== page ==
The first thing you notice about this mid-range scanner from HP is its design. Far from being a piece of grey plastic office gear, it shows considerable design effort and should be just as at home in a smart study or even a living room, as it would in a trendy office.
The lid is one solid piece of lightly-tinted acrylic, sandwiched between a roughly A4-sized white panel on top and a grey flatbed cover underneath. The grey cover also holds the built-in transparency adapter, connected to the main chassis via a slightly naff grey cable.
The surround of the scanner is coloured in the same grey, with a number of moulded slots around its edge for styling. All in all, this is a pleasantly fresh take on what is normally a very utilitarian piece of computer equipment.
It's not all good looks, though. The two-stage hinges at the rear ensure the lid can left around 2.5 cm above the flatbed, while still remaining parallel with it. This means you can scan from something a thick as a Jeffrey Archer novel and still get a good quality scan.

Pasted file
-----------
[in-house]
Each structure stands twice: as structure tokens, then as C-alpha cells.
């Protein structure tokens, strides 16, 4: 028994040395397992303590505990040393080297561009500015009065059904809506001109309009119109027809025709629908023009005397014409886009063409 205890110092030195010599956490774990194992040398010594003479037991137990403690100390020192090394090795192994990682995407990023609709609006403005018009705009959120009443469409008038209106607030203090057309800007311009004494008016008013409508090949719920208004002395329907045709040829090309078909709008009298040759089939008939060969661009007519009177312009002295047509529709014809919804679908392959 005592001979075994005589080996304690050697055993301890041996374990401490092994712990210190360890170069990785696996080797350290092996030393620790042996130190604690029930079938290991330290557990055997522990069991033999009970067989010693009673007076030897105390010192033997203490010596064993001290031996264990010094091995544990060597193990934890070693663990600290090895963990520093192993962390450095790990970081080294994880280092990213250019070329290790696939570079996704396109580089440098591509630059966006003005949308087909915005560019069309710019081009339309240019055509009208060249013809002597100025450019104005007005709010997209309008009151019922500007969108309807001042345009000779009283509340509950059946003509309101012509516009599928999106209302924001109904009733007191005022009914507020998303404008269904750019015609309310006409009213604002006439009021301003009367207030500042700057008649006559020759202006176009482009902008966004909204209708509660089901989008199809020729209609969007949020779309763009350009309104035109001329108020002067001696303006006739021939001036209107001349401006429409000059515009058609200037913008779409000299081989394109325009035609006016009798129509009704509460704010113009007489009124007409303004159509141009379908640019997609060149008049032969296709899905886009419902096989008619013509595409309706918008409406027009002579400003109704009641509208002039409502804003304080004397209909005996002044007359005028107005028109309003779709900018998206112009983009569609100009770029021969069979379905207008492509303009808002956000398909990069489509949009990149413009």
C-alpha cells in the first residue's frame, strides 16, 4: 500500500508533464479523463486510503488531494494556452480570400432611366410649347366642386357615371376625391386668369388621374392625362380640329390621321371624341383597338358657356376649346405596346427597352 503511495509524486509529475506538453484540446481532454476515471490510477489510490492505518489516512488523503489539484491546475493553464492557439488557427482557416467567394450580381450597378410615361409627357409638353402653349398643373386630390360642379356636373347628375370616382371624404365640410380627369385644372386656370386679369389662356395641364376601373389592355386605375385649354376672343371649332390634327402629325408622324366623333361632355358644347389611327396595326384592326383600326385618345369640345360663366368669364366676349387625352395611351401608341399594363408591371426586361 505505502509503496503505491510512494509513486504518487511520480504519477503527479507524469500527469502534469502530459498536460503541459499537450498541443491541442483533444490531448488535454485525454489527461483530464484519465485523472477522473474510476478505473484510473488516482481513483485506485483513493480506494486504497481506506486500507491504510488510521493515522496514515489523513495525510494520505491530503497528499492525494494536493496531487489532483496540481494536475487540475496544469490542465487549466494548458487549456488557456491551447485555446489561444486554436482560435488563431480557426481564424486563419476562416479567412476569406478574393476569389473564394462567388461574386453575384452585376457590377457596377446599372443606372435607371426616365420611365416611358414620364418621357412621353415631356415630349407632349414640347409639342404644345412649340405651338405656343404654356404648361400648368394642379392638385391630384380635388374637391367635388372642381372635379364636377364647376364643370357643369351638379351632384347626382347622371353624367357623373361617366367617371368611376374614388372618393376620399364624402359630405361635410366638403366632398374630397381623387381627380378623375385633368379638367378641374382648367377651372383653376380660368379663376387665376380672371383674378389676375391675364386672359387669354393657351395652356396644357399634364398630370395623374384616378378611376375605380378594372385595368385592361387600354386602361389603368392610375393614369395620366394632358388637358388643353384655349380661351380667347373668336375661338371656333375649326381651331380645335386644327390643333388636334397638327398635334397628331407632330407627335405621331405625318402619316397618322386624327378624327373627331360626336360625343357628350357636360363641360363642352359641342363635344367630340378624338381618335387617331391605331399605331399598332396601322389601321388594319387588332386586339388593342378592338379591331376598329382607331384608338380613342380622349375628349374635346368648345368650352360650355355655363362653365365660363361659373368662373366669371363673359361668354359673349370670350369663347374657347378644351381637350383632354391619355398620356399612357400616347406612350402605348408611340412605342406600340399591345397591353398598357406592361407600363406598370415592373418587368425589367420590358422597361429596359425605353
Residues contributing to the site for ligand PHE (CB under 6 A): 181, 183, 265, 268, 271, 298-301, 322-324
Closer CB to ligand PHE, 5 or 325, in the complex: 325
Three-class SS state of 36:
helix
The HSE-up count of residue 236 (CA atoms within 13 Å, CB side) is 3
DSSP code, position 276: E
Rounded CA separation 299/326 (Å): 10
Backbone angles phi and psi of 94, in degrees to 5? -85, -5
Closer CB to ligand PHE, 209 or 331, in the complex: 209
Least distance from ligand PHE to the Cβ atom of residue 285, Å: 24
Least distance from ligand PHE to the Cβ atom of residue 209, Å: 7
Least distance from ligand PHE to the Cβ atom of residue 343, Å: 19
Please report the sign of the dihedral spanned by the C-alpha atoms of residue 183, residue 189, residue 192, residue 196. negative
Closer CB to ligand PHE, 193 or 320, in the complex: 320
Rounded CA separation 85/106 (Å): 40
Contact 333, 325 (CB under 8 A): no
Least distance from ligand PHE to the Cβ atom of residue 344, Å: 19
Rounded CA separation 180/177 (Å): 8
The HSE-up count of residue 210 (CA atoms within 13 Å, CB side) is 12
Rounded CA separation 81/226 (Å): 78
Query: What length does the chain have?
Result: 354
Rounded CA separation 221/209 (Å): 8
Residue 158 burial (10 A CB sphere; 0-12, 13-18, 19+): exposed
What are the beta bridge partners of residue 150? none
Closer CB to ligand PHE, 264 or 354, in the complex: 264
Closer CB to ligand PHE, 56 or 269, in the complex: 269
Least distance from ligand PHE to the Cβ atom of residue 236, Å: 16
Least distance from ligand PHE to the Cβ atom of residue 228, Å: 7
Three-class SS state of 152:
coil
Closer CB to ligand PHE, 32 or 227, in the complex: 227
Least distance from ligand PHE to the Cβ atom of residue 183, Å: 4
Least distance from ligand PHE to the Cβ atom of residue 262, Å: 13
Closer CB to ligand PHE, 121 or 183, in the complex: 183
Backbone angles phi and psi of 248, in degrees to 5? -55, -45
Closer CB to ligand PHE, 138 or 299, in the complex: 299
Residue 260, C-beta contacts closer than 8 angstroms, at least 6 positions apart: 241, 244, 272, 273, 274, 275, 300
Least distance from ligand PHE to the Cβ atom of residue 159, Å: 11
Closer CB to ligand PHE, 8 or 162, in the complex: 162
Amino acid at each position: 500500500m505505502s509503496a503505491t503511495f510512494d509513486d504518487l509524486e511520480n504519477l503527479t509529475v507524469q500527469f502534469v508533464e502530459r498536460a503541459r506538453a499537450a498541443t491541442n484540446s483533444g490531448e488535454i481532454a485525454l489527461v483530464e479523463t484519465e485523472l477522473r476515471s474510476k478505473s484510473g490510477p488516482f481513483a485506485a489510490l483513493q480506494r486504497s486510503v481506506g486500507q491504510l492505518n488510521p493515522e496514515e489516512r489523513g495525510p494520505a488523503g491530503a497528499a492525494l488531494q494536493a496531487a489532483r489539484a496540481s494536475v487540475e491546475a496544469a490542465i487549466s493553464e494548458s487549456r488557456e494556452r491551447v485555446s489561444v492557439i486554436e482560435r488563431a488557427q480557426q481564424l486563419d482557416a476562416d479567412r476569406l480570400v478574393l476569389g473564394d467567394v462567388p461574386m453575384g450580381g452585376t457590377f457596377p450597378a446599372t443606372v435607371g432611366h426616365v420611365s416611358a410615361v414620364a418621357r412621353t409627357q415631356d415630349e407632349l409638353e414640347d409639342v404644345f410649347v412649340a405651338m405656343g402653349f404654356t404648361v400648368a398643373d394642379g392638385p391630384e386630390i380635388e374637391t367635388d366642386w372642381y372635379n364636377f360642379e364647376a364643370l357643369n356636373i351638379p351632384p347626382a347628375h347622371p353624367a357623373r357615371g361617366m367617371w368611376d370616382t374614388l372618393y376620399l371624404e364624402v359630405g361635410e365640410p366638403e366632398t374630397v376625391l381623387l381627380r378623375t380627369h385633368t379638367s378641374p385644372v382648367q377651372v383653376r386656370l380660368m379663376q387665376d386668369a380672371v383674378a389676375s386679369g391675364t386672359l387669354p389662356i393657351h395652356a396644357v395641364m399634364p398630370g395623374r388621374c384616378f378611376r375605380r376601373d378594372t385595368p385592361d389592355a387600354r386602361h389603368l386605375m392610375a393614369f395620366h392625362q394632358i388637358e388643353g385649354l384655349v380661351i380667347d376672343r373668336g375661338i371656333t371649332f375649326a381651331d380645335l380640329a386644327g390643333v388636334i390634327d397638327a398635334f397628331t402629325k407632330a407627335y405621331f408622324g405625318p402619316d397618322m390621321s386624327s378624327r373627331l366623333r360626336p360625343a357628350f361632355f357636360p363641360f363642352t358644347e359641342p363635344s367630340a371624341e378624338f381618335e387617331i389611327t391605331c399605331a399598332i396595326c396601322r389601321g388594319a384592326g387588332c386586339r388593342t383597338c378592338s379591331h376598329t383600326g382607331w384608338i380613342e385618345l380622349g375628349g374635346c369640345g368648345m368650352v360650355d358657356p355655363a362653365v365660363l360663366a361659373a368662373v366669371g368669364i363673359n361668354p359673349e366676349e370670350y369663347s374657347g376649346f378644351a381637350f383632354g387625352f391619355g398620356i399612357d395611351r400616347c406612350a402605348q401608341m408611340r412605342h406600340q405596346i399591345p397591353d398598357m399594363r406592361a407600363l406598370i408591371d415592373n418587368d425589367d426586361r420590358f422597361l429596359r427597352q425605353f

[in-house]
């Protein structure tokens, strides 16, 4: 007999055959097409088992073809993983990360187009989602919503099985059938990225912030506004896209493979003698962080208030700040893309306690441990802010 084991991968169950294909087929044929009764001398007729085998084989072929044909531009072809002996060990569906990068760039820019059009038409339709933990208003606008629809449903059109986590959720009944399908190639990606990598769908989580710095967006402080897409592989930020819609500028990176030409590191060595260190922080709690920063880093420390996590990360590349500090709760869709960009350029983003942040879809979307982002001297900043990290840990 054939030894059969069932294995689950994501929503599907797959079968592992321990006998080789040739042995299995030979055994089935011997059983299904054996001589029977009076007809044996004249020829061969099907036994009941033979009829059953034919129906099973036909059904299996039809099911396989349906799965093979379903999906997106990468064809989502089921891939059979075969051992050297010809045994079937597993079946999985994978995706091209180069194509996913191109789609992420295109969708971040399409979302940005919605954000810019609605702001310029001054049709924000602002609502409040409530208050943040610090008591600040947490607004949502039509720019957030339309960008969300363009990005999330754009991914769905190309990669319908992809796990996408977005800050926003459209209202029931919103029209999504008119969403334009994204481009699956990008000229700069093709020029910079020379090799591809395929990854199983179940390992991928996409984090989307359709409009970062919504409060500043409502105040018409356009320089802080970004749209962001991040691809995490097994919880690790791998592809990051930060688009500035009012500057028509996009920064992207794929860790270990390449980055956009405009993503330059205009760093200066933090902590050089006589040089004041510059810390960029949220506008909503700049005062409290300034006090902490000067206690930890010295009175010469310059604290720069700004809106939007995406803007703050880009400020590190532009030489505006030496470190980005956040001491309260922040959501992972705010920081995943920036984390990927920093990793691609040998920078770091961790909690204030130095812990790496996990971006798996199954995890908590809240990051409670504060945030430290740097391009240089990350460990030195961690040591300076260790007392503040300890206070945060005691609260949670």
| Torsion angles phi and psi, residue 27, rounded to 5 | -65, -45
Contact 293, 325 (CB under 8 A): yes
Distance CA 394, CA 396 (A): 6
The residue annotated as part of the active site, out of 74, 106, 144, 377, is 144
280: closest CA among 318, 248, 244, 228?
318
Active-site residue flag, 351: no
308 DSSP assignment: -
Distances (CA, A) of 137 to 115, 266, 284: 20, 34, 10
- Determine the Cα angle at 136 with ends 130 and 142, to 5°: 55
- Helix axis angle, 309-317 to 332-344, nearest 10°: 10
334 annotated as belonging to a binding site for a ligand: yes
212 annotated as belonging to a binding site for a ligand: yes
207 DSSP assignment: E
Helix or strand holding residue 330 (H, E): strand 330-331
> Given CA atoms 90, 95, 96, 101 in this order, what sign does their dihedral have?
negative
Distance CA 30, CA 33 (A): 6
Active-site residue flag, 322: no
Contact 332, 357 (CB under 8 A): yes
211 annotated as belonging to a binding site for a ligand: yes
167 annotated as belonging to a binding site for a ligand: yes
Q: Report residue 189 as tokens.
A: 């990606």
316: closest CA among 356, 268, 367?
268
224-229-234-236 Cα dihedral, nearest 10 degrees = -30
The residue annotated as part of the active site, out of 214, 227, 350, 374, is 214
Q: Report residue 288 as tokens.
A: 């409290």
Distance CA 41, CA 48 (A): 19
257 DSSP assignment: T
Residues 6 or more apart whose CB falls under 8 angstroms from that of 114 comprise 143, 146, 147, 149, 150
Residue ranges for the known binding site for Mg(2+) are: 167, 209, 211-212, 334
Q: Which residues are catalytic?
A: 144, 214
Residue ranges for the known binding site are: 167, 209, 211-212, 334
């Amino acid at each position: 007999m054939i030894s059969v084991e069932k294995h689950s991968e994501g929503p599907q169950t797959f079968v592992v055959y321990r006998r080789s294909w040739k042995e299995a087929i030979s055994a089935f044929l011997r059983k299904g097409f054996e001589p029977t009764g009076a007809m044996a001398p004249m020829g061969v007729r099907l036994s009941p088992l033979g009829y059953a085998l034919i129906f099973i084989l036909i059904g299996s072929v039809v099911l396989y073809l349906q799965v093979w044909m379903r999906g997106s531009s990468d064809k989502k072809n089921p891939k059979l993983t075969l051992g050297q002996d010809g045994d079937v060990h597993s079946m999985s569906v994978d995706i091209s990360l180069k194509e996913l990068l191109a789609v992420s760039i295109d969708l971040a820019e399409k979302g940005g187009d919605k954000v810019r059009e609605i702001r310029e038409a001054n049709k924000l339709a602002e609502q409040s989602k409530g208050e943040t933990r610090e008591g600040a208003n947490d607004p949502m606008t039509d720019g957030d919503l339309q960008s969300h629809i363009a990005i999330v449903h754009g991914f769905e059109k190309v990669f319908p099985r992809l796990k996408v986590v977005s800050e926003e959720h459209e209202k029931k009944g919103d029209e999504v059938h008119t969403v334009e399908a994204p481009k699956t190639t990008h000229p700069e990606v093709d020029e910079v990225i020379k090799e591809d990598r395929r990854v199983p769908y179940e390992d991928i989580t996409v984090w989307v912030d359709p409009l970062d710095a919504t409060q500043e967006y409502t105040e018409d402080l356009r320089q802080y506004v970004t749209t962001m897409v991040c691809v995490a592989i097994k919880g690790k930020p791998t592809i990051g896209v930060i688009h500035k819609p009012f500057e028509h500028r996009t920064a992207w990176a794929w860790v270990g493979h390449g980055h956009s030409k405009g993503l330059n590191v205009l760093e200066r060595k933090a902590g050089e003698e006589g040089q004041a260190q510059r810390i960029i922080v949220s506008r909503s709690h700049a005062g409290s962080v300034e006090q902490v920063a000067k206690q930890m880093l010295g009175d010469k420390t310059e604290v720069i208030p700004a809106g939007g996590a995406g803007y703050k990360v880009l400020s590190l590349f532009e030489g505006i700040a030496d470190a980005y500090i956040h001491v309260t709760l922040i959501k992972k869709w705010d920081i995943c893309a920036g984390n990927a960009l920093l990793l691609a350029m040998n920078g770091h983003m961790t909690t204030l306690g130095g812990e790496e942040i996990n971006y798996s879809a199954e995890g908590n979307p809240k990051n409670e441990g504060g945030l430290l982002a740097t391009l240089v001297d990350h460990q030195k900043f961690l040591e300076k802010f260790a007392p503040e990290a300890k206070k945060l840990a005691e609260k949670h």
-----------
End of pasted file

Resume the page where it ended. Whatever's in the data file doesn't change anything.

Three control buttons are set into the white panel in the lid and these give single -ush connection to scan, copy and PDF functions, combined with HP’s Scanning software. At the back are sockets for a black block power supply, USB connection and the transparency adapter cable. The adapter can take two 35mm slides or two negatives; fine for slides but you’ll probably need to snip up your negative strips to get them scanned.
Software installation is straightforward and support applications are provided for both Windows and OS X, with IRIS OCR software built into both versions. HP Scanning is a Twain application, which aims to provide simple assisted correction for colour and other photo anomalies.